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Our Place sets goal to move people off Pandora Avenue by end of year

No one wants to see the encampment on the block gone more than the people who are living in it, says Our Place CEO

Our Place Society hopes to help everyone currently living on the 900-block of Pandora to get off the street by the end of the year.

“I think there’s not a person in this city who is not deeply concerned and dismayed by what they see on Pandora Avenue,” said CEO Julian Daly, standing on Pandora Wednesday surrounded by tents.

No one wants to see the encampment on the block gone more than the people who are living in it, he said.

Our Place’s street outreach team recently spent two weeks surveying everyone living on the block, asking them what it would take to get them off the street.

They collected a list of 77 names along with information on their ages, how long they have been unhoused and what brought them to Pandora, said Daly, adding no one said they wanted to stay on the block.

Ninety-five per cent of those surveyed said they need support for mental-health and addictions issues, while 82 per cent cited physical health problems, he said. Twenty-three per cent said they are more than 50 years old.

Daly called lack of affordable housing in Victoria a “massive barrier,” saying those living on the block “simply do not have the income to pay for rent in our city.”

More and more people are losing their housing because they can’t afford their rent, he said.

How they get off the block will look different for each person, said Daly. Some have said they want a shelter space, while others want transitional housing, detox treatment or to get into a market rental.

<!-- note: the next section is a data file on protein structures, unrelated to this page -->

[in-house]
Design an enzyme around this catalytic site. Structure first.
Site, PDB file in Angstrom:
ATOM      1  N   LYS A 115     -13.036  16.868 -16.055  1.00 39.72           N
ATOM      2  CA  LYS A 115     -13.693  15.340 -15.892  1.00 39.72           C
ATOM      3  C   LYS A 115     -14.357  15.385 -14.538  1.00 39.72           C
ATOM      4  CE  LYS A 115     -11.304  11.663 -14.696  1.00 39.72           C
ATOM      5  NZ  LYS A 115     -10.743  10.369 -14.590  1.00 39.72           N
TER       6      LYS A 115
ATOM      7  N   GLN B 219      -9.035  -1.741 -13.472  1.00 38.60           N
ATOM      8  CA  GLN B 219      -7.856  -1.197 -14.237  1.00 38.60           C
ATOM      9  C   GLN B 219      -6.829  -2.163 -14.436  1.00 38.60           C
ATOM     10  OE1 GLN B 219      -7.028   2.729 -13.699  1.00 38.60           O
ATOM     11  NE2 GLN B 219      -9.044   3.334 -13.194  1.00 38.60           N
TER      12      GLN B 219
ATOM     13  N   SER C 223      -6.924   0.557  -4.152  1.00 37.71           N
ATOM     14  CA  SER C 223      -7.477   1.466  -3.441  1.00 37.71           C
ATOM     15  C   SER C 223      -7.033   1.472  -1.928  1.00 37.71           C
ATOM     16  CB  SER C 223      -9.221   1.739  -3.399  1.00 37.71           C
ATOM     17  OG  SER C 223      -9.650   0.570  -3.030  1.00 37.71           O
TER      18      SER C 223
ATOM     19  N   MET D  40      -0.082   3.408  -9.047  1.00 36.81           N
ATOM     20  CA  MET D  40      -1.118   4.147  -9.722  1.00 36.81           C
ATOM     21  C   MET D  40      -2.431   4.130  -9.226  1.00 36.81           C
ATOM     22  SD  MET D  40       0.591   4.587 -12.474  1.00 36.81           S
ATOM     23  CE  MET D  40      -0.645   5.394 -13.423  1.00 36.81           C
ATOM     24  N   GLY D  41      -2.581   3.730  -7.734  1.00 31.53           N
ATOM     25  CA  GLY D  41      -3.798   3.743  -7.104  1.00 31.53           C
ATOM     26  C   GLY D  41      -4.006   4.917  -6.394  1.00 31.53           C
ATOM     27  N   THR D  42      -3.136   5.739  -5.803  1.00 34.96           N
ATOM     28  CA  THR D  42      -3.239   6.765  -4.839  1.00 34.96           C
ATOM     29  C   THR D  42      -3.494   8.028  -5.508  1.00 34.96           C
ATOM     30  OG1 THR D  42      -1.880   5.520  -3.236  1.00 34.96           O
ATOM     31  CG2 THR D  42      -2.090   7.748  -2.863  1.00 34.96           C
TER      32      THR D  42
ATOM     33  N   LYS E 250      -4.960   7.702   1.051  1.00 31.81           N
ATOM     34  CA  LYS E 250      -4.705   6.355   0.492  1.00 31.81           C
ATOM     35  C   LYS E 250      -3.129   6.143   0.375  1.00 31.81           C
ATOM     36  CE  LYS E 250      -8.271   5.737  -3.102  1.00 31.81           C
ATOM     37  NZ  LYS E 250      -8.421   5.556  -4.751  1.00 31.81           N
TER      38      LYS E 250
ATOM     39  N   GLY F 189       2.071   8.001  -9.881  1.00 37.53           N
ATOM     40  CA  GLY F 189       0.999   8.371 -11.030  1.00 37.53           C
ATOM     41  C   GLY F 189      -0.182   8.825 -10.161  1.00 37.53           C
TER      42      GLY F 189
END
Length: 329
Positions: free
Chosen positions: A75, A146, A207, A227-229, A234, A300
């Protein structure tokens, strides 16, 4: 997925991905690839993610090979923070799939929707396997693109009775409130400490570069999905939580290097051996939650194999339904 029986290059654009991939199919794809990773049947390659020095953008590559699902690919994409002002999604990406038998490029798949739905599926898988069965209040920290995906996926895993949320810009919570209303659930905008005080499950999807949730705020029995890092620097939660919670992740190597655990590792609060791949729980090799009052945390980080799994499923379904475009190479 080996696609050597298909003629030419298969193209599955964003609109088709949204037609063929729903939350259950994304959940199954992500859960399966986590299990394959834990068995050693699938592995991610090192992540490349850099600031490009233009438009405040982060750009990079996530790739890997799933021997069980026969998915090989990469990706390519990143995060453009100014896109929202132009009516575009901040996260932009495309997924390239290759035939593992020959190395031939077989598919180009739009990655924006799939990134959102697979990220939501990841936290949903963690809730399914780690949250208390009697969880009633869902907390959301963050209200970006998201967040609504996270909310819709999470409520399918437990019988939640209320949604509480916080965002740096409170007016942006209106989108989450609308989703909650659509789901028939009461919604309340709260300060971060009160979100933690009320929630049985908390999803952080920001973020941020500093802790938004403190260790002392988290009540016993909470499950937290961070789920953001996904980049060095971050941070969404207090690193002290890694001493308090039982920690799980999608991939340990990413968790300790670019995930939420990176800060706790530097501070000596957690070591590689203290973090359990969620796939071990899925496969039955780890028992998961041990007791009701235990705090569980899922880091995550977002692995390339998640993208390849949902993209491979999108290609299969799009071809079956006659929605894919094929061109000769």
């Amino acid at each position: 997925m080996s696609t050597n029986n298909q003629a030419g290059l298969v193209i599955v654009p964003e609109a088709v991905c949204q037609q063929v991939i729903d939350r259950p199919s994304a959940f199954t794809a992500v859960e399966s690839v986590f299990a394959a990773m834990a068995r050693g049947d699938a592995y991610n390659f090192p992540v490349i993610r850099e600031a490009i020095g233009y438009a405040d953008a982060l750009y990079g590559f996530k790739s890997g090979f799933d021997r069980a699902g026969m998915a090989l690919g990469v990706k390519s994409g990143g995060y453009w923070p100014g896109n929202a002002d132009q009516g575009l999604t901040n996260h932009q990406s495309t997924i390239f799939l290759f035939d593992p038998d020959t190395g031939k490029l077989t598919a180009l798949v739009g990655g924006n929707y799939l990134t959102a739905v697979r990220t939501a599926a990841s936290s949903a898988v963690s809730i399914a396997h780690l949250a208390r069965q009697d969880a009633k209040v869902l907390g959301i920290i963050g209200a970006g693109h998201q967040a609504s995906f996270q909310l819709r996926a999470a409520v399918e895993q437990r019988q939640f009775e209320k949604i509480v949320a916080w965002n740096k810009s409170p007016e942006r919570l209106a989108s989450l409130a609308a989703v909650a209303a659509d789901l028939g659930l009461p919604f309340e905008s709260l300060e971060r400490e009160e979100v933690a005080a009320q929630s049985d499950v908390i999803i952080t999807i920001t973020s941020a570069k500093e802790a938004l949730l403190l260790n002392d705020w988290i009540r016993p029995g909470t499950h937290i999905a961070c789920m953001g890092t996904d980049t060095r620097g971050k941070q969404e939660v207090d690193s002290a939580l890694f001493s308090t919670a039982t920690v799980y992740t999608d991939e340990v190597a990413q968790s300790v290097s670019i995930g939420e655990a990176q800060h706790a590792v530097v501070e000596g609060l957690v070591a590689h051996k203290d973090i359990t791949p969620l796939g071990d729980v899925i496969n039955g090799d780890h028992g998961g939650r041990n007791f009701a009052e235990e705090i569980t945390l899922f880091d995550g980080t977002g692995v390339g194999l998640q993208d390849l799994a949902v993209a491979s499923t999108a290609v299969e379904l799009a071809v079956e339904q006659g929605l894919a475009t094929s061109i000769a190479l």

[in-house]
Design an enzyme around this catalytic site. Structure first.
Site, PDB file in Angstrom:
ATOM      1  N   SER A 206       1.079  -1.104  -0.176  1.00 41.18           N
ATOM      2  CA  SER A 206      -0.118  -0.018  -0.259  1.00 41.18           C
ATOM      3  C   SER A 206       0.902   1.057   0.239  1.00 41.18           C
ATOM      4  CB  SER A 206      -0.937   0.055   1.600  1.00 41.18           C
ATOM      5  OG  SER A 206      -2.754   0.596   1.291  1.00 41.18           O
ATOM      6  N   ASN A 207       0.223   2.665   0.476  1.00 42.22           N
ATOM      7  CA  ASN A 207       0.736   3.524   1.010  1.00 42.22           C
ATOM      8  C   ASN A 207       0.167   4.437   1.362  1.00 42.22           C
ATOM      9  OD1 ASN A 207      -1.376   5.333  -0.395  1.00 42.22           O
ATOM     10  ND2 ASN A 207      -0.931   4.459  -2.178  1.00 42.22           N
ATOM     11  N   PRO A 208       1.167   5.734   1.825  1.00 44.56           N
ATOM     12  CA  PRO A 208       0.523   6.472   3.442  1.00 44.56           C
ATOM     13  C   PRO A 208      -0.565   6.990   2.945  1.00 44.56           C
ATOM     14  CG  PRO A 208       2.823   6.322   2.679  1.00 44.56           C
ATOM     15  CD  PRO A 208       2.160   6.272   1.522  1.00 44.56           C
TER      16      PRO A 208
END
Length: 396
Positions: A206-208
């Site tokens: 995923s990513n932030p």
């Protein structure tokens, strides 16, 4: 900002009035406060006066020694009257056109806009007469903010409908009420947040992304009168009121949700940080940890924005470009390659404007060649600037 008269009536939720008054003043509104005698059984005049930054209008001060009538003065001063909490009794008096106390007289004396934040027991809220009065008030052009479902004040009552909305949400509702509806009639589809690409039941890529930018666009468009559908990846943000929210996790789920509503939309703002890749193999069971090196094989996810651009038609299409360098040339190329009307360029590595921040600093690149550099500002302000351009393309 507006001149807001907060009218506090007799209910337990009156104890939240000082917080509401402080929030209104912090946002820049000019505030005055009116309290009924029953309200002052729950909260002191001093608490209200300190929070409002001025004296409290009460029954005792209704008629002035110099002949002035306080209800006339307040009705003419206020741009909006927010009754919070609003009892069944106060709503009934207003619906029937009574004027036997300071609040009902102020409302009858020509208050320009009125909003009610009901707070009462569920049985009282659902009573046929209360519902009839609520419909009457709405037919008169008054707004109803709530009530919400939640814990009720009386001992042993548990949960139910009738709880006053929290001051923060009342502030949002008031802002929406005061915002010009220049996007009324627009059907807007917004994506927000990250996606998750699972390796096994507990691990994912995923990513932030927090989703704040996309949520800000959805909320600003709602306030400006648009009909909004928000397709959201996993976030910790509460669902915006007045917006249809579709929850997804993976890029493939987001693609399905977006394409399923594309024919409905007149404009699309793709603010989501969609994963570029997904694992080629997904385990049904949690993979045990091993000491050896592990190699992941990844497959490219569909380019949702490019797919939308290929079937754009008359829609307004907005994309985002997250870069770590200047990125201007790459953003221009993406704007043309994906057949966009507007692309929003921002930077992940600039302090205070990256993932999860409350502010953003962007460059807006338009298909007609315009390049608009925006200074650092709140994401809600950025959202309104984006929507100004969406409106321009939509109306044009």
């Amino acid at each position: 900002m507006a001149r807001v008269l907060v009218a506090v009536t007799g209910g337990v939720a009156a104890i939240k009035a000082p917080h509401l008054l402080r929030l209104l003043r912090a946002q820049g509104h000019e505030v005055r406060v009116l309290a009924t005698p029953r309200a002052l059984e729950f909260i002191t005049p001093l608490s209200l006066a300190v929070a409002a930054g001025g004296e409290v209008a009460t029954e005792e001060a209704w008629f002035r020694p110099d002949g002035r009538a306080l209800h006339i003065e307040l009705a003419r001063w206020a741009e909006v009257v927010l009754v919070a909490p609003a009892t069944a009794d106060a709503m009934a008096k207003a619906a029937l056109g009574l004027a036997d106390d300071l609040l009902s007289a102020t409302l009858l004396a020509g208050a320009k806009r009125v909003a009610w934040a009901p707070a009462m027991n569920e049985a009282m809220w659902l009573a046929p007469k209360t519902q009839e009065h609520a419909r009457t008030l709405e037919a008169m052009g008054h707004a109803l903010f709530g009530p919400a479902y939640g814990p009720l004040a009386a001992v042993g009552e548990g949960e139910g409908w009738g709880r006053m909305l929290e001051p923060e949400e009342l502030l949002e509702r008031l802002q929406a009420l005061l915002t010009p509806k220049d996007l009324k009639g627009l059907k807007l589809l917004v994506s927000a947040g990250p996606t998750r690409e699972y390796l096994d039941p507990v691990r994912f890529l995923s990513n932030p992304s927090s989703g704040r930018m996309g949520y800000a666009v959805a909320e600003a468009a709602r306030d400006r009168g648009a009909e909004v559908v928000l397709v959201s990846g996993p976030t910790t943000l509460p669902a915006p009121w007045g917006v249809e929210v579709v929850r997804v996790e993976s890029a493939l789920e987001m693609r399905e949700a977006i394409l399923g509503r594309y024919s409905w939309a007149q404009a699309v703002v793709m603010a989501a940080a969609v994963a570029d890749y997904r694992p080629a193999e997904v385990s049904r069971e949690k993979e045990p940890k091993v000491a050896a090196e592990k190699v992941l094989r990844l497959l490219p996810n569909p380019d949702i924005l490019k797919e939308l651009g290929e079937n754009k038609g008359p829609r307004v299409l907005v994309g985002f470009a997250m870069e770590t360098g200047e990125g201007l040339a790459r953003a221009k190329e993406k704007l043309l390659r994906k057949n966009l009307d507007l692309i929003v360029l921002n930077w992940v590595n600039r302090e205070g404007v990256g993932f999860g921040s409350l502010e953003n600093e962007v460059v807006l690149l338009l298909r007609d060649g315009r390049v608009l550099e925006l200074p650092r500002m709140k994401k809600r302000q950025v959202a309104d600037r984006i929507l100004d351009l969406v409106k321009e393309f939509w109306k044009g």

Our Place staff will work with people on an individual basis to find the right solution for their situation, he said. “That’s the only real way to do this.”

The charity needs the province to help it find mental-health services, addiction and recovery treatment and housing to shelter everyone, Daly said.

“We know what they want. We know what it will take for them to get inside. We just need those that have the resources to make that possible to come forward and work with us on it.”

While the community on the block is fluid, with people coming and going, there is a core group of people living there, said Cam Harper, one of two people who make up the Dandelion Street Outreach team, which conducted the survey.

The team has been working five days a week on the 900-block of Pandora since January, building relationships with people living there and supporting them by offering rides to appointments, and filling out housing applications and detox referrals.

“The best days at this job are when we’re helping people move into new housing,” Harper said.

On Wednesday, a group gathered at the legislature to demand that housing be recognized as a human right.

The group, Housing Justice Project, released a report calling for the creation of 2,000 deeply subsidized net new units each year over the next decade to end mass homelessness in the region.

Bruce Livingstone, a peer organizer with Housing Justice Project, said he has experienced homelessness several times over the past 25 years.

While unhoused in 2015, he was attacked by someone with a golf club and lost about a quarter of his top teeth. The assault left him unable to eat solid food for years.

“The last time I lost my housing I felt like I wouldn’t survive,” said Livingstone, who now lives in a James Bay apartment building with help from a B.C. Housing subsidy.

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